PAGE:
The Neckar River can be a lion or a lamb. Two weekends again J and I and Mike, our friend and J's grad student, visited Heidelberg. Holy cow that city gets a lot of tourists. We were the only non-Japanese at the tourist-book-highlighted old student bar where we enjoyed the local predictably good, predictably titled, and predictable Pils, Heidelberger. We had a fantastic day, mostly because the sun was shining for one of the few times this spring. Instead of rushing, we made sure to take in the local traditions, which in this case meant unbelievable filled cake pop conconctions (much better than the dryish dough "snowballs" thingees more famous here). We had the chocolate one on the top.
Heidelberg's castle is ruined but spectacular. Long history there. Shorter entry.
Great views from the top.
After endless days running through the rain in various cities chasing Bruegels, we deserved a beer in a touristical square, this one near Heidelberg's famous Old Bridge. Rick Steves would be proud.
A week later, and a little southeast on the Neckar, it was time for the annual Stocherkahnrennen in Tübingen -- I think that translates to silly boat races. Basically a bunch of drunken college students parade in punt boats, and then some of them race, trying to knock other racers out of their boats, while a bunch of semi-drunk locals wonder why they spent their holiday picnicking standing up in the 55-degree and cloudy weather watching a non-athletic athletic contest (just kidding Betty -- we loved it!).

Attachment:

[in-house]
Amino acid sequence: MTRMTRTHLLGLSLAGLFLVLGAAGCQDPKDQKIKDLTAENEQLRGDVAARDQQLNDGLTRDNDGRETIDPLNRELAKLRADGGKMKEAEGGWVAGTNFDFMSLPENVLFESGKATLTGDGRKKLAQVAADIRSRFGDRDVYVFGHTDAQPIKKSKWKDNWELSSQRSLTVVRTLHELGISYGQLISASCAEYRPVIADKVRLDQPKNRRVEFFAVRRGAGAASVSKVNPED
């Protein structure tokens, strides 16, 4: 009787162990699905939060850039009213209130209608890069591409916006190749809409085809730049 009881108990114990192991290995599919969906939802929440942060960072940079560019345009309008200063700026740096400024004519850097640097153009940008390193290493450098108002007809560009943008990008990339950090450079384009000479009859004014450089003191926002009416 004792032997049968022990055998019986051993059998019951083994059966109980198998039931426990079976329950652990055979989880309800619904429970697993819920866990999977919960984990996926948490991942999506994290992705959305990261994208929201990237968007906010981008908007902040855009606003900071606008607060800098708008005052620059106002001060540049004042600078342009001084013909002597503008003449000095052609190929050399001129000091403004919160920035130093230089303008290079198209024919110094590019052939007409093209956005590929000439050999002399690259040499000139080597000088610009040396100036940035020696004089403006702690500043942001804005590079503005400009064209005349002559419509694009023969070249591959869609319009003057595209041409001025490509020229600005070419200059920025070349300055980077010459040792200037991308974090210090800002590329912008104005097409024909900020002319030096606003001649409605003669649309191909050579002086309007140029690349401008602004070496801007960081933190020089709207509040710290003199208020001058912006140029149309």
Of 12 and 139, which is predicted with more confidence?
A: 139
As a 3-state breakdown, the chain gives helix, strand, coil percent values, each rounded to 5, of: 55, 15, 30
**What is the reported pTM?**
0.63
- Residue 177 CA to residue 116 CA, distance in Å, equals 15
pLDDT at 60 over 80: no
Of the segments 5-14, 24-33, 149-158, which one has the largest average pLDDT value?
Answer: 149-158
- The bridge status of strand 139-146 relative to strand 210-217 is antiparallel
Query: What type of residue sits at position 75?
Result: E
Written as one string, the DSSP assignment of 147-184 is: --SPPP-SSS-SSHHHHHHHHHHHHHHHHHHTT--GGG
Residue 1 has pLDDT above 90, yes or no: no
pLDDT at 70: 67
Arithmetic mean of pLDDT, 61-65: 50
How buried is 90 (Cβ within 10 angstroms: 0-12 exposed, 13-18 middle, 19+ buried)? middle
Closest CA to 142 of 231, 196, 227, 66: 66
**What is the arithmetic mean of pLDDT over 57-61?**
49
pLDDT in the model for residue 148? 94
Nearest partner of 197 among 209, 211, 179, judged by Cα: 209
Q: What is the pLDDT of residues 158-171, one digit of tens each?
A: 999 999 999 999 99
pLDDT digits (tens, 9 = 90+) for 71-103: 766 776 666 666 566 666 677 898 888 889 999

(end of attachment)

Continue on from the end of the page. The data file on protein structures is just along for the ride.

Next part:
You may think I staged the following pictures just for comic effect, but, really, Ella kept trying to take a sip of one of my favorite Zweifalter Abts.
Our Utah friends Brian and Katie were passing through on the way from Switzerland (via Denmark) to northern Germany, and while they escaped a group shot, they get credit for the first true Ella-smiling shot of the trip. Everyone loves our local pub.
You want cliches? How about four Americans in a German beer garden? Our friend Nader on the left from Hawaii (next to Mike and Brian) is an astronomer who studies planets and the age-old question, "What happens at the end of the universe?" He was skeptical about Noah's Ark. But I told him about a new theory from gotquestions.org that explains that pesky problem of millions of species fitting into a boat: "God may have brought Noah 'infant' animals, which can be significantly smaller than adult animals."
Today we could see our breath at the bus stop at 4:30. Maybe this is getting biblical.
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